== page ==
ARIZONA — Unemployment’s stuck at 11 to 15 percent.

Frustrated, laid-off workers are still waiting for benefits.


Businesses are wondering whether customers will come back.

But, hey, the Northeastern Arizona Workforce System (Arizona Work) has $2.4 million in the budget – and big plans for the future.

Arizona Work offers help for workers to retool and businesses to innovate, but got caught in the midst of an upgrade by the wave of unemployment touched off by the COVID-19 shutdowns. The system operates statewide and the Northeastern Board covers Navajo, Apache and Gila Counties.

This week, the Navajo County Board of Supervisors learned that the NE Board has plenty of money in the budget and ambitious plans to convert an old school building into a Show Low jobs center sometime next year. The new center will offer one-stop assistance for the unemployed, connecting them to benefits to tide them over and job training to get them restarted. Moreover, the center will offer help for people with innovative ideas they seek to turn into a profitable business.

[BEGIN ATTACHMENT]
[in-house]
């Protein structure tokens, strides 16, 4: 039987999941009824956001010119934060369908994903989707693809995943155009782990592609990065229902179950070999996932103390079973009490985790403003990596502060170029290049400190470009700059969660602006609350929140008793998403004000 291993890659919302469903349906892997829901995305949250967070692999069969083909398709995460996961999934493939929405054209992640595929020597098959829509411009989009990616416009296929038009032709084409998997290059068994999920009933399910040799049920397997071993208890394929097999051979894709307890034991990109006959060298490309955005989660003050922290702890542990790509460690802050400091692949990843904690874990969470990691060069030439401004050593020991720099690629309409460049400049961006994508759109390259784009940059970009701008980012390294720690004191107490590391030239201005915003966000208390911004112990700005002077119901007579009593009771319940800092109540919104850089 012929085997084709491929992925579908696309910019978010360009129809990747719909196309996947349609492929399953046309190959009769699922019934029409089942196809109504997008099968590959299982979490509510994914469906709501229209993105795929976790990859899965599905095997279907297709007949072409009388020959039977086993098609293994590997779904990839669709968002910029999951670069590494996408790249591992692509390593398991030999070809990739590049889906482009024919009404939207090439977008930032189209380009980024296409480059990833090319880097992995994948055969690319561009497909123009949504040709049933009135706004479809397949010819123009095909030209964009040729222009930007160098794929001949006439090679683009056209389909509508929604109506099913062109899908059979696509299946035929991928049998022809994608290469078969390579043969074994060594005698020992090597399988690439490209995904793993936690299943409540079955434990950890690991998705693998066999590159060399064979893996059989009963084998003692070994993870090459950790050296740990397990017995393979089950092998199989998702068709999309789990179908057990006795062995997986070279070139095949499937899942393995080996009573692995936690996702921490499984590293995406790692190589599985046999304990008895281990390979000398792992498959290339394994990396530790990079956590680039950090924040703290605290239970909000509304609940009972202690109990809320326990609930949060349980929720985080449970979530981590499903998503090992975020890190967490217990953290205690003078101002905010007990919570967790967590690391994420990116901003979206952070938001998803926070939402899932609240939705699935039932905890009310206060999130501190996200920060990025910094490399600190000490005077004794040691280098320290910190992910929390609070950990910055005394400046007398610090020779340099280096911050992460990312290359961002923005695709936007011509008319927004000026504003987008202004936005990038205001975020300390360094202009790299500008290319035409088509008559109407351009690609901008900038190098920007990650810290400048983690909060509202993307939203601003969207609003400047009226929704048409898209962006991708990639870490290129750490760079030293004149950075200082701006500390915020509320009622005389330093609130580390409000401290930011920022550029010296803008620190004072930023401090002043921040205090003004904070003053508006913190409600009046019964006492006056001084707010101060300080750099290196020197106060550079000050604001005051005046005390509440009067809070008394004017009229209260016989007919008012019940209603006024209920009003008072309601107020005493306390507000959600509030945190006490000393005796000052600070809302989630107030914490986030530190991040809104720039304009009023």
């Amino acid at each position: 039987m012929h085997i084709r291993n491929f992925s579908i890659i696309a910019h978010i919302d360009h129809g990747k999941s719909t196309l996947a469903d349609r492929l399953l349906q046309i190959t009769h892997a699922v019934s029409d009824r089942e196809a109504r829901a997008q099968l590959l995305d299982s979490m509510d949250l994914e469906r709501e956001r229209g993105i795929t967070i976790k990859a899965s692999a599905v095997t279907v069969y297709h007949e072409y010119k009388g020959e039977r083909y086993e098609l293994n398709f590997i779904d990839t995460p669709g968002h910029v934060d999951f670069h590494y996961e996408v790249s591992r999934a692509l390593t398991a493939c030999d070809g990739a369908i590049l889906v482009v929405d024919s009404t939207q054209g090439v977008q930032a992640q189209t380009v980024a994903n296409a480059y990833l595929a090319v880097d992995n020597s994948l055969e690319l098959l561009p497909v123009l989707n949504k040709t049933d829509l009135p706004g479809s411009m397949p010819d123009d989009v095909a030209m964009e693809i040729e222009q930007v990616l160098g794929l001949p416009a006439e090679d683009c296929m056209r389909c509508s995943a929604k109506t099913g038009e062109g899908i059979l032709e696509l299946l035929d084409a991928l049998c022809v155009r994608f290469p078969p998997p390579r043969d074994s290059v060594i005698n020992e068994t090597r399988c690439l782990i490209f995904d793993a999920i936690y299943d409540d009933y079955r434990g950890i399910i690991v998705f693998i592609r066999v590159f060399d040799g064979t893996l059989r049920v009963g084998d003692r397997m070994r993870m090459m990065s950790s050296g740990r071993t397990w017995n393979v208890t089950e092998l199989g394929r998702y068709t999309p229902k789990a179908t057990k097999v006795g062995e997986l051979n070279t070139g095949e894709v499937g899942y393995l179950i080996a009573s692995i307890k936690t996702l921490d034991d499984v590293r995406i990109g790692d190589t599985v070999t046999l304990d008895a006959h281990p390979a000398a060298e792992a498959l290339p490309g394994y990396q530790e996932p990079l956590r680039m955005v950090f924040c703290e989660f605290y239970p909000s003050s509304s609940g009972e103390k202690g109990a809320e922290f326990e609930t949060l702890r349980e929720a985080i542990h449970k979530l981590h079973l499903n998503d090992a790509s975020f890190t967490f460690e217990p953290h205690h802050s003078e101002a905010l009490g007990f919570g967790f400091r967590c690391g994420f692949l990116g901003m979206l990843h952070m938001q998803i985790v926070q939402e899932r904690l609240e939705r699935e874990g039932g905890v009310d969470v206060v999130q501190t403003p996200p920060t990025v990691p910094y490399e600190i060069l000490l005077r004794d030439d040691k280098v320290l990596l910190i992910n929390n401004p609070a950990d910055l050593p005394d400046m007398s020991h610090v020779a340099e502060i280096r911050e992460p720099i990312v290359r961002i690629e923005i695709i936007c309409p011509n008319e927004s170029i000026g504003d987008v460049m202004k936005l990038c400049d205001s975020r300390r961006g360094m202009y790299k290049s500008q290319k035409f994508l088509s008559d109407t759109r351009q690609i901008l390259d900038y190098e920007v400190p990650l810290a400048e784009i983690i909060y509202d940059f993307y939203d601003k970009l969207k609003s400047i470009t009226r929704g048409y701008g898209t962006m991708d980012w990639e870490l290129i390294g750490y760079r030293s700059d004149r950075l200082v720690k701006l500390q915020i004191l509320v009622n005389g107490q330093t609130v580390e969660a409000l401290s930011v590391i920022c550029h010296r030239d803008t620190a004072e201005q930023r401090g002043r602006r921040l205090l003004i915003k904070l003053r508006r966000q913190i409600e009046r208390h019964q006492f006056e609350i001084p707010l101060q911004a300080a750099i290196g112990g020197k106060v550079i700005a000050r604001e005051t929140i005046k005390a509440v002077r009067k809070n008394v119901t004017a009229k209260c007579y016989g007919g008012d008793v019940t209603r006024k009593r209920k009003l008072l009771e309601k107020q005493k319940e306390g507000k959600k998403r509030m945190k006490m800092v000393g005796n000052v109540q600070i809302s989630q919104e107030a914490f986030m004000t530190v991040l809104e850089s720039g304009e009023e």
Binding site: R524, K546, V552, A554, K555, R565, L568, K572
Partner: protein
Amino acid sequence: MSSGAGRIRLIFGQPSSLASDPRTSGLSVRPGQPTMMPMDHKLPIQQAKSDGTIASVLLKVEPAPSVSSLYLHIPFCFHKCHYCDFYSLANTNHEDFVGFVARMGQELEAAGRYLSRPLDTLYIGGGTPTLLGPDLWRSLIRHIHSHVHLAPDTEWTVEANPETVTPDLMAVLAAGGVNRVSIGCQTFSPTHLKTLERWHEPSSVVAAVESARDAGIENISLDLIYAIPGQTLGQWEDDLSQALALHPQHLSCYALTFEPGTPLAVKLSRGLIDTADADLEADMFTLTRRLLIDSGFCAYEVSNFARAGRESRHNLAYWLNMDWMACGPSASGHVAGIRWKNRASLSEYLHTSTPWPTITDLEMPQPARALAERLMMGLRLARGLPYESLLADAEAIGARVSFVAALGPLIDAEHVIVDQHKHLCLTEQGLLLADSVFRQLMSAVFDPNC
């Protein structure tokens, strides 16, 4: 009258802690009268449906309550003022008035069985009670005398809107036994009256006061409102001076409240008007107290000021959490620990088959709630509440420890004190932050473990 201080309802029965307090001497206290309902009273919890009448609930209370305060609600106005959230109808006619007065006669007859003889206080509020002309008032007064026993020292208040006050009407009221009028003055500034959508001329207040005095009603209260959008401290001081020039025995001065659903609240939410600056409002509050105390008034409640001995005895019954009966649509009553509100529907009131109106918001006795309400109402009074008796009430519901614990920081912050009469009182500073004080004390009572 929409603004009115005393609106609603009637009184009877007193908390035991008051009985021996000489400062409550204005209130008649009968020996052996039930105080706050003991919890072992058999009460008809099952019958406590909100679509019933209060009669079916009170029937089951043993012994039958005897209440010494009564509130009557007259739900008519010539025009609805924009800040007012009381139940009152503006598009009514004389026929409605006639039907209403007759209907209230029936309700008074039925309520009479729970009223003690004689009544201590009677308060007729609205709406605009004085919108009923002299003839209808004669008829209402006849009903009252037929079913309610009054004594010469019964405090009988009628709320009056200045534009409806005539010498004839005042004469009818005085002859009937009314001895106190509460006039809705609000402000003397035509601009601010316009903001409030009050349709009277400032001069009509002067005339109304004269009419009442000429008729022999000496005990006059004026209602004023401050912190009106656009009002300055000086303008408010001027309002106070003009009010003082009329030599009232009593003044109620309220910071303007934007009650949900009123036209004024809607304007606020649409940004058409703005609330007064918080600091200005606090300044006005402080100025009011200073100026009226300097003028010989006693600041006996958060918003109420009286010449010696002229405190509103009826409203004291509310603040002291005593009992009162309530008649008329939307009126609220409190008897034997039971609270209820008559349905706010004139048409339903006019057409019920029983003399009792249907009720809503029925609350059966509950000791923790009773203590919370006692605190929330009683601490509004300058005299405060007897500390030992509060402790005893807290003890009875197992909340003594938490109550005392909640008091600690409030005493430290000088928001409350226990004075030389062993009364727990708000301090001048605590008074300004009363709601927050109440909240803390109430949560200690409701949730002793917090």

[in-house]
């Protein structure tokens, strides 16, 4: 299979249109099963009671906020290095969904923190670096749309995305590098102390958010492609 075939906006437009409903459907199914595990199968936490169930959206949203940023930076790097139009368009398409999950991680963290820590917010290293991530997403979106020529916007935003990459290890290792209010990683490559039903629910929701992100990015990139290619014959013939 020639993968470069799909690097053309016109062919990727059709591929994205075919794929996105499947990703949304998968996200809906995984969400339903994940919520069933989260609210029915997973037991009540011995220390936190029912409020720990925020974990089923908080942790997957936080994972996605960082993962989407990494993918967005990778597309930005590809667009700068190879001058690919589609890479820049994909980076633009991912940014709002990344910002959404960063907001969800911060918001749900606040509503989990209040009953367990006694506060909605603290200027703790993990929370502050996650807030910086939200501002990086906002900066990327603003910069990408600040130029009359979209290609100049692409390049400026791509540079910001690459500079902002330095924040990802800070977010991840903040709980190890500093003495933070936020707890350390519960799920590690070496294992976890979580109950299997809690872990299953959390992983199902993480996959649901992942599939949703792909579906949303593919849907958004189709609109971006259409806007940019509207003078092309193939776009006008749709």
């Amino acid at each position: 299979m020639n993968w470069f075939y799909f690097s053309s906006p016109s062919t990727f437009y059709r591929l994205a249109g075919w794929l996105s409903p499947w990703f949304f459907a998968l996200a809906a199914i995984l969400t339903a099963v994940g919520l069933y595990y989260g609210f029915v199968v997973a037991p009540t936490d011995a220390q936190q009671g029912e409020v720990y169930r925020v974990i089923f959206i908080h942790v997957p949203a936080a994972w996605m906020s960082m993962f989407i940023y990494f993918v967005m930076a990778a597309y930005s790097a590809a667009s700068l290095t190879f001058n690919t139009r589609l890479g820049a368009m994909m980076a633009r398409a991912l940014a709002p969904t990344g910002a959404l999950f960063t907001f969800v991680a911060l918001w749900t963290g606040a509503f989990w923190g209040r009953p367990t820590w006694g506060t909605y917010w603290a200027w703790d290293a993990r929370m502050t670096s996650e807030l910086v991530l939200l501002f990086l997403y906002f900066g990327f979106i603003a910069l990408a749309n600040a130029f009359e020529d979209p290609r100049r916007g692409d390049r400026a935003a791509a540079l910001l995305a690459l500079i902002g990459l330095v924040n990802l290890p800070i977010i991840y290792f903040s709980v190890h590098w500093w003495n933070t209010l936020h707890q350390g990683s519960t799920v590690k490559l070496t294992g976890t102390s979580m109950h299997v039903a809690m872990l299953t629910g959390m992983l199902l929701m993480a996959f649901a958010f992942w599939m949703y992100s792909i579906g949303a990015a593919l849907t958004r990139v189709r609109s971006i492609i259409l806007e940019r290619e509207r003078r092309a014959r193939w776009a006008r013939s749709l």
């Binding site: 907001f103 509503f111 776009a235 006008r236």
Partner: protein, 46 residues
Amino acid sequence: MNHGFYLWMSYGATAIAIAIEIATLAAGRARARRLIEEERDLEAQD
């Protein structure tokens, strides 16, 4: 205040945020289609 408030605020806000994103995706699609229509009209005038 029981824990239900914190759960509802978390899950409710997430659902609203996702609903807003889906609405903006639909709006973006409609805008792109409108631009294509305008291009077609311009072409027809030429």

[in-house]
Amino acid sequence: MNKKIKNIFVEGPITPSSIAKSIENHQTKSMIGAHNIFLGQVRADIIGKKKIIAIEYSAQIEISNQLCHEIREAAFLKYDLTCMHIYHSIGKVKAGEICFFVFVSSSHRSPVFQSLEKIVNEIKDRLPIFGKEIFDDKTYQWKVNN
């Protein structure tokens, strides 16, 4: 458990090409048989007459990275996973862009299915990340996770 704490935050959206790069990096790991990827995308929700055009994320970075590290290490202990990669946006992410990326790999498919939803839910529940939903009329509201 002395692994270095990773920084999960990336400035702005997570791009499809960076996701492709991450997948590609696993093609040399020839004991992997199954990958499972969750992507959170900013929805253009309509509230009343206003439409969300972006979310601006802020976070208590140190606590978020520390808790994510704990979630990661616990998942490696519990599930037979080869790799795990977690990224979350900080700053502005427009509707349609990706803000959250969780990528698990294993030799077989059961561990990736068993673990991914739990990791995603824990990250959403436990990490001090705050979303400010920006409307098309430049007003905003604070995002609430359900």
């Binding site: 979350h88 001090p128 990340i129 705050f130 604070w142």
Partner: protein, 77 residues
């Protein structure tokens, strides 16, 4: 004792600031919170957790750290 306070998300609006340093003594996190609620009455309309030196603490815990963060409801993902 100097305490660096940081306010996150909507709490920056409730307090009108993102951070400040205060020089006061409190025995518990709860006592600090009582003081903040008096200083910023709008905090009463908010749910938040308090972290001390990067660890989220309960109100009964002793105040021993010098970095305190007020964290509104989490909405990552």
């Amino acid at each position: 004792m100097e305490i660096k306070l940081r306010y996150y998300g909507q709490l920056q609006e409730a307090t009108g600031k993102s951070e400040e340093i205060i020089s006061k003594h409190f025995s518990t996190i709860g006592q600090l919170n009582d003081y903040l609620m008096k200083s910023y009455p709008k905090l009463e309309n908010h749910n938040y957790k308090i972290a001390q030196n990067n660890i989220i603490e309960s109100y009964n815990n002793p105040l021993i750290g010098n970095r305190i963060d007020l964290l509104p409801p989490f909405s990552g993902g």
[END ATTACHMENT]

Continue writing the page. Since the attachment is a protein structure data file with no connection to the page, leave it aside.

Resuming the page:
That’ll be nice, eventually.

In the meantime, all three counties have been rocked by COVID-19.

People continue to file new unemployment claims each week, although floodwaters have at least started rising more slowly. April unemployment stood at 14 percent in Navajo County, 15 percent in Apache County and 11 percent in Gila County. The rate has roughly tripled in all three counties since the onset of COVID-19.

Even before the pandemic hit, Apache and Navajo Counties had unemployment rates far above the statewide average and fresh challenges due to the shutdown of coal-fired power plants and mining operations as well as the traditionally high unemployment rates on the Navajo and Apache reservations.